AC-hook is an overhead lifting device used to pick up rounds with an inner diameter, but there’s more to them than many people realise.

They are most commonly used for handling steel coils, which are found in multiple industries, such as automotive, stamping, metals processing and service centres. Each of these sectors present some of the most demanding material handling applications, so while C-hooks might not be overly complicated at first glance, they are more nuanced than they look.

Such hooks come in a variety of sizes and capacities, ranging from 100lbs up to 60 tons. As such, the price users pay to add C-hooks to their fleets ranges widely from four figures to five.

A high-end manufacturer, like Caldwell, might customise up to 60% of the C-hooks it sells, due to varying coil dimensions, and the environments where they are used presenting space or headroom limitations. Requests for protective padding on the face or back of the hook are also not uncommon.

As each C-hook can be unique, the material used is based upon the working load limit required for the application. Smaller and lighter duty hooks can be manufactured from A36 steel whereas T1 steel is used for larger, heavier duty products. The calculations and material selected are based on the length and height of the lifting arm.

Thus, there are a number of important considerations to make before choosing a C-hook:

  • Outer diameter: Often called the OD, this is the measurement of the outside edges of the load (coil, pipe, etc.) passing through the centre.
  • Inner diameter: Often called the ID, this is the measurement of the distance of a straight line from one point on the inner wall of the load through its centre, to an opposite point, still on the inside. ID is, therefore, dependent on the OD and wall thickness.
  • Other dimensions: It is also important to know the height and width of the load.
  • Weight: Whether by documentation provided with known weights or measured by load monitoring device, knowing the weight of the load is, of course, of vital importance.
  • Lifting capacity: Once the data above is available, it is necessary to source the appropriate type, size and capacity of C-hook. It will likely be utilised beneath an overhead crane or hoist, which must also be factored into planning.
  • Stacking: Because of the nature of the work in environments where rounds with an inner diameter are prevalent, there is nearly always a need to stack them, either for storage or prior to transportation to another facility.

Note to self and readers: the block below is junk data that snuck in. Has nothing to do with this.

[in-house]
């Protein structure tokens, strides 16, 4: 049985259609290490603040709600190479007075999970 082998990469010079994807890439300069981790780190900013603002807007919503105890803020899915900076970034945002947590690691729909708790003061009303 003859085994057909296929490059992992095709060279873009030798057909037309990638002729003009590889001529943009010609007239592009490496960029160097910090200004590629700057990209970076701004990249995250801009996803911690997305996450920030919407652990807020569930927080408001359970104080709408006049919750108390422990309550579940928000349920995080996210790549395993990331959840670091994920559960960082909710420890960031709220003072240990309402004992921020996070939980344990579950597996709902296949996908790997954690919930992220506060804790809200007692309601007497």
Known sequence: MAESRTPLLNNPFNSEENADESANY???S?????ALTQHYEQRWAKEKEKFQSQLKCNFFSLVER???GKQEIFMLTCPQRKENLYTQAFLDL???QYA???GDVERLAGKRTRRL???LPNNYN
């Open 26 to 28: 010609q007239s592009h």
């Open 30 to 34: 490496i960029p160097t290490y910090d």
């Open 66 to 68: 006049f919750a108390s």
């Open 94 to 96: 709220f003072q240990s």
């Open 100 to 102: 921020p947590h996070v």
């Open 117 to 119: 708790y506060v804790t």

When each of these items (and often more) have been addressed, the purchasing decision maker can begin sourcing the right C-hook. These calculations might see them arrive at a point where they need a twosided lifter instead, which is not covered in this article. Here, we look at some of the more common types of C-hooks.

  • Narrow coil: Used for smaller width coils; they are usually a smaller capacity as well. They handle narrow coils with less coil edge damage and are often used as a more durable alternative to webslings. They are lightweight and often feature a guide handle for ergonomic benefits.
  • Dixon hook: Featuring a pivoting wedge, they are completely different from a standard C-hook and allow the operator to convert a coil from horizontal to vertical. Because of the nature of this material handling application, limited sizes are typically available.
  • Close stacking: Again, this is a product manufactured with stacking of coils in mind. Featuring a recessed counterweight for closer stacking, these hooks are commonly found at steel service centres where floorspace is at a premium. When stacking coils together the user must consider the need for a more compact material handling design.
  • Slit coil: These longer-arm C-hooks lift multiple slit coils (steel slitting is a manufacturing process where a coil of steel is slit into specified lengths and widths) to maximise handling efficiency. Where present, a recessed counterweight minimises interference with equipment and other obstacles.

Standard features throughout often include high-tensile alloy steel plate to reduce size and weight, while many C-hooks are counter-balanced to hang level when empty. Heavy-duty can be a misleading term in below-the-hook manufacturing; in fact, all Caldwell products, for example, are heavy-duty.

Mill-duty C-hooks, meanwhile, are for extreme use, usually where high duty cycles and high temperatures are present. Users should perform pre-use inspections before applying attachments or overhead lifters at the point of use. Typical C-hook use wear items include the lifting bail, although there is not much more that can go wrong unless a product is misused.